Wikimania, an annual conference for users of Wikipedia and other projects operated by the Wikimedia Foundation
The Wikipedia community is the community of contributors to the online encyclopedia Wikipedia. These contributors are also known as "Wikipedians".
The overwhelming majority of them are volunteers. With the increased maturity and visibility of Wikipedia other categories of Wikipedians are recognized: paid contributors and students with assignments related to editing Wikipedia.
Studies of the size of the community of Wikipedia showed an exponential growth rate of the number of Wikipedia contributors during the early years. By 2009, the growth of the community slowed down.1 In November 2011, there were approximately 31.7 million registered user accounts across all language editions, of which only around 270,000 accounts were active on a monthly basis.2 In April 2008, writer and lecturer Clay Shirky and computer scientist Martin Wattenberg estimated the total effort to create Wikipedia at roughly 100 million man-hours.3 As of October 2013, the community of volunteers declined at least by a third since 2007 and is continuing to drop. Some 31,000 editors are still active on the project. Despite being fewer in number, these editors continue to increase the number and length of Wikipedia's articles. About half of the active editors spend at least one hour a day editing, and a fifth of them spend more than three hours.4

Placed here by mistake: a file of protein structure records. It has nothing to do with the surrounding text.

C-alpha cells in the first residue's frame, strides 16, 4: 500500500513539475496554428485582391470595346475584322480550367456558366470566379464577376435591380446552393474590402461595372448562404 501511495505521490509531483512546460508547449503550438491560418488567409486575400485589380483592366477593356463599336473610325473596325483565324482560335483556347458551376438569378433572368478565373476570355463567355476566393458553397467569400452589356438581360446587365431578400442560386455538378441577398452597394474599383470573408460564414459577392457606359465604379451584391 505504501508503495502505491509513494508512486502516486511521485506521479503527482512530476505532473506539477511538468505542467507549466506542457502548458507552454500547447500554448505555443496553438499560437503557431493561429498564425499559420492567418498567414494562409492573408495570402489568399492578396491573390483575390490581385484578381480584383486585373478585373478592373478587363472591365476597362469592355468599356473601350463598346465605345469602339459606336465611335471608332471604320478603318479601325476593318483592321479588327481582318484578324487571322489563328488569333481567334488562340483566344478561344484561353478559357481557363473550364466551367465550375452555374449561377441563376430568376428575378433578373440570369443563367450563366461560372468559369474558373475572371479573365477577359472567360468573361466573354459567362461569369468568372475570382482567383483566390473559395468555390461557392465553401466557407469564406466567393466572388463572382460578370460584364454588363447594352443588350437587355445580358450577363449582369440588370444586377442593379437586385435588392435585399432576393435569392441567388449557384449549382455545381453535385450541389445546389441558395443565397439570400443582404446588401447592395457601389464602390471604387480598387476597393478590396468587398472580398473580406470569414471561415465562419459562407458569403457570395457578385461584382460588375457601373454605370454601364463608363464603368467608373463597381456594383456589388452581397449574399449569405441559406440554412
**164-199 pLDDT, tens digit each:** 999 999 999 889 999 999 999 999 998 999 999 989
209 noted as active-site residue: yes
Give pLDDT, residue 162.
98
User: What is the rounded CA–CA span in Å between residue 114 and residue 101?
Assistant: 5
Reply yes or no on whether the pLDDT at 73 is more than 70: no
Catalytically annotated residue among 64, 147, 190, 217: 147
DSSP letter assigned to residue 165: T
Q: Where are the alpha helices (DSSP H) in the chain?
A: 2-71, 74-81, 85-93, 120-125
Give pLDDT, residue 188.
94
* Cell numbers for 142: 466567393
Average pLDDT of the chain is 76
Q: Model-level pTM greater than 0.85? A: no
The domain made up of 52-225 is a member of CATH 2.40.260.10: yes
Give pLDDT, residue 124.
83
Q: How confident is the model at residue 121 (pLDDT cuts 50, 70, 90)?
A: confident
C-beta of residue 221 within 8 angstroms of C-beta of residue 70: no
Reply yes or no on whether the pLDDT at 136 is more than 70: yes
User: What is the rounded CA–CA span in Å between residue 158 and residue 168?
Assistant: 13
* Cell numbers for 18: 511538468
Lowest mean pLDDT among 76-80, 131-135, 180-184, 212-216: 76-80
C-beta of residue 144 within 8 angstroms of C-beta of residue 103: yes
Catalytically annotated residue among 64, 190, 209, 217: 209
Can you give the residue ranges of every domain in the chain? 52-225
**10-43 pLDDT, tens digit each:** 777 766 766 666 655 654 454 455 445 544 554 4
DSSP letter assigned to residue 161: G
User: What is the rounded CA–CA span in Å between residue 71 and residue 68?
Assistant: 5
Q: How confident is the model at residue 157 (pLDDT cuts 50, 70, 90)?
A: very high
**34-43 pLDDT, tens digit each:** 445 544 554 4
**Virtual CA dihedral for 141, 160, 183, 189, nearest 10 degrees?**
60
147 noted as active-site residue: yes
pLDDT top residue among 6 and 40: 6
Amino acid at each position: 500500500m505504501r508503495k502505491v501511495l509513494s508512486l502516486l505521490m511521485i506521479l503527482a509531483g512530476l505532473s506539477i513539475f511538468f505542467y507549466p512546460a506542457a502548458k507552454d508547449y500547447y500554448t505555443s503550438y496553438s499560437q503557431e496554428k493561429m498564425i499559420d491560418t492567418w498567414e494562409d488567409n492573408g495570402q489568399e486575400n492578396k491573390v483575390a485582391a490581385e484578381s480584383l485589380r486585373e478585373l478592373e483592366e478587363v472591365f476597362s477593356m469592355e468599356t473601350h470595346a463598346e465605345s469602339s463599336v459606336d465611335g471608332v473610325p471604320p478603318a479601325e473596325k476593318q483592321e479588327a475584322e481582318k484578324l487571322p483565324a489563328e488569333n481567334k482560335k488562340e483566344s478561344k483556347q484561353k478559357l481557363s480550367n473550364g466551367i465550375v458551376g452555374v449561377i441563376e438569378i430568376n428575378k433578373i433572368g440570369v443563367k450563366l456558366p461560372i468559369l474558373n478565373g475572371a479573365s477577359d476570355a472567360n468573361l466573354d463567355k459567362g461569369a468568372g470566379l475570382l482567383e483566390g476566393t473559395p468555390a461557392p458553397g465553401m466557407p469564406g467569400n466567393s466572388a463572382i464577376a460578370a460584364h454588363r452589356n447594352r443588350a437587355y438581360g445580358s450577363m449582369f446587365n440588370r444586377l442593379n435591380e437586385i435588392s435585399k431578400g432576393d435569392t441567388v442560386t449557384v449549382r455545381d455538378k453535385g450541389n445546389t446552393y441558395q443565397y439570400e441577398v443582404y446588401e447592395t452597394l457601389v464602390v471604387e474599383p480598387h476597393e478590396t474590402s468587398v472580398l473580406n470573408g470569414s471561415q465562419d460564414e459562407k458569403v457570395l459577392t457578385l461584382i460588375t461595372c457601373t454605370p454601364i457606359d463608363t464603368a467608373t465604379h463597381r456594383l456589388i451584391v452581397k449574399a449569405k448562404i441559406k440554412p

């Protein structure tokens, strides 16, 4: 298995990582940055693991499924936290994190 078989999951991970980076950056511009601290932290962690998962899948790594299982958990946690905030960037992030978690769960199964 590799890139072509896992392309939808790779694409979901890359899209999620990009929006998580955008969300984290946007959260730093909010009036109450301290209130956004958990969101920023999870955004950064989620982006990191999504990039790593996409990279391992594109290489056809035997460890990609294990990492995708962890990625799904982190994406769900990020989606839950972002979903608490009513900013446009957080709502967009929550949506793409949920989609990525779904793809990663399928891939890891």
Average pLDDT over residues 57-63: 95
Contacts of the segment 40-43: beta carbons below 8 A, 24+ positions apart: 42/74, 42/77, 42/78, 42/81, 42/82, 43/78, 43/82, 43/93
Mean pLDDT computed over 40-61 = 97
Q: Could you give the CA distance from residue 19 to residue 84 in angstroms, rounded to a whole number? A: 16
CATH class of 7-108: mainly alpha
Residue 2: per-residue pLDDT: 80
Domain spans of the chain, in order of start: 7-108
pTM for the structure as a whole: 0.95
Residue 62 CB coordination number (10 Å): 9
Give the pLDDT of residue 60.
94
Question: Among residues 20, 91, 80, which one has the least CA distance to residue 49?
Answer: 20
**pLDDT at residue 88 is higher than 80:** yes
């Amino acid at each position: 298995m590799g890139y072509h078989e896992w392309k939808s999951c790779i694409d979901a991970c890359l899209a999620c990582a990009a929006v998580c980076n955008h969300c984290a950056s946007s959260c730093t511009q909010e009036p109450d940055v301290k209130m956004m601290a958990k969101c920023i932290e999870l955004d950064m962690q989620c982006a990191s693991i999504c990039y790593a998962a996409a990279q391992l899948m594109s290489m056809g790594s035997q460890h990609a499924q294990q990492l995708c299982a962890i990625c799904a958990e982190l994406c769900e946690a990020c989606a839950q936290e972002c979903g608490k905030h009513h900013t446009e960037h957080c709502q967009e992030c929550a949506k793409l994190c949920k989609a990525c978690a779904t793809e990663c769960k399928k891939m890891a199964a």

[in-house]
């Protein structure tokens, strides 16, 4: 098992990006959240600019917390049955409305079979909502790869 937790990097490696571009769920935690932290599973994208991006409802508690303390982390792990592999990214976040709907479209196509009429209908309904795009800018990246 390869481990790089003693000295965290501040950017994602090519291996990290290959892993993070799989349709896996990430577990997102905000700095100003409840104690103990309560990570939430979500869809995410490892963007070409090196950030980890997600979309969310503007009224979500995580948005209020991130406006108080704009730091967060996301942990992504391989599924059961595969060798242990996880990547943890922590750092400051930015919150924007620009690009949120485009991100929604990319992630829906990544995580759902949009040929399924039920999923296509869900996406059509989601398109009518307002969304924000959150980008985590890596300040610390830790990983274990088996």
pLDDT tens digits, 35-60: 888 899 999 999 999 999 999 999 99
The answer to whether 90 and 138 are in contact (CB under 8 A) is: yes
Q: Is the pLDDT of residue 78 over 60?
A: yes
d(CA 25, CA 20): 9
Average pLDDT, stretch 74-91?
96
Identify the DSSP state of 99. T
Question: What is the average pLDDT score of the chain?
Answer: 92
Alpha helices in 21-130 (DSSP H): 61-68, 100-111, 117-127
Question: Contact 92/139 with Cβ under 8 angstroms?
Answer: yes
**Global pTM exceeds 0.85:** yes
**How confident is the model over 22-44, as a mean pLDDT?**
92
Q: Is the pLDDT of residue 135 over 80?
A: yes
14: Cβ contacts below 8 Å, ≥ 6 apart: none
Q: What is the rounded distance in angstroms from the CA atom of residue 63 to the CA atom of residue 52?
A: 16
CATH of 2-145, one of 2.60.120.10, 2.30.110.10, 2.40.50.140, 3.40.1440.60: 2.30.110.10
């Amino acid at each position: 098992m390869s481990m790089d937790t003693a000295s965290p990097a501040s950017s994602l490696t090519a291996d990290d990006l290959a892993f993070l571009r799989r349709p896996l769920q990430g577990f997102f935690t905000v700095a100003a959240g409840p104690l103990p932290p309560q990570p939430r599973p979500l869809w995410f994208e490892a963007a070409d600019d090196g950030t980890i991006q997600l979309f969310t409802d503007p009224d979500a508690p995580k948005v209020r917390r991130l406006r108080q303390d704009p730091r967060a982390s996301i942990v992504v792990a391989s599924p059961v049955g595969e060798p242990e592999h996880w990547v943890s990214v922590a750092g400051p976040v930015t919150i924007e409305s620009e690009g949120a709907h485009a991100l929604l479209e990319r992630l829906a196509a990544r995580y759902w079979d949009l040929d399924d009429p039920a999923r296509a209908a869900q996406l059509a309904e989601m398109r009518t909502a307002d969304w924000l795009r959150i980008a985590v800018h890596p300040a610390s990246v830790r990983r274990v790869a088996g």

Various studies have been done with regard to the motivations of Wikipedia contributors. In a 2003 study of Wikipedia as a community, economics Ph.D. student Andrea Ciffolilli argued that the low transaction costs of participating in wiki software create a catalyst for collaborative development, and that a "creative construction" approach encourages participation.5 A paper written by Andrea Forte and Amy Bruckman in 2005 called "Why Do People Write for Wikipedia? Incentives to Contribute to Open-Content Publishing" discussed the possible motivations of Wikipedia contributors. It applied Latour and Woolgar's concept of the cycle of credit to Wikipedia contributors, suggesting that the reason that people write for Wikipedia is to gain recognition within the community.6
Oded Nov, in his 2007 paper "What Motivates Wikipedians", related the motivations of volunteers in general to the motivations of people who contribute to Wikipedia.7 Nov carried out a survey using the six motivations of volunteers, identified in an earlier paper.8 The six motivations he used were:
- Values – expressing values to do with altruism and helping others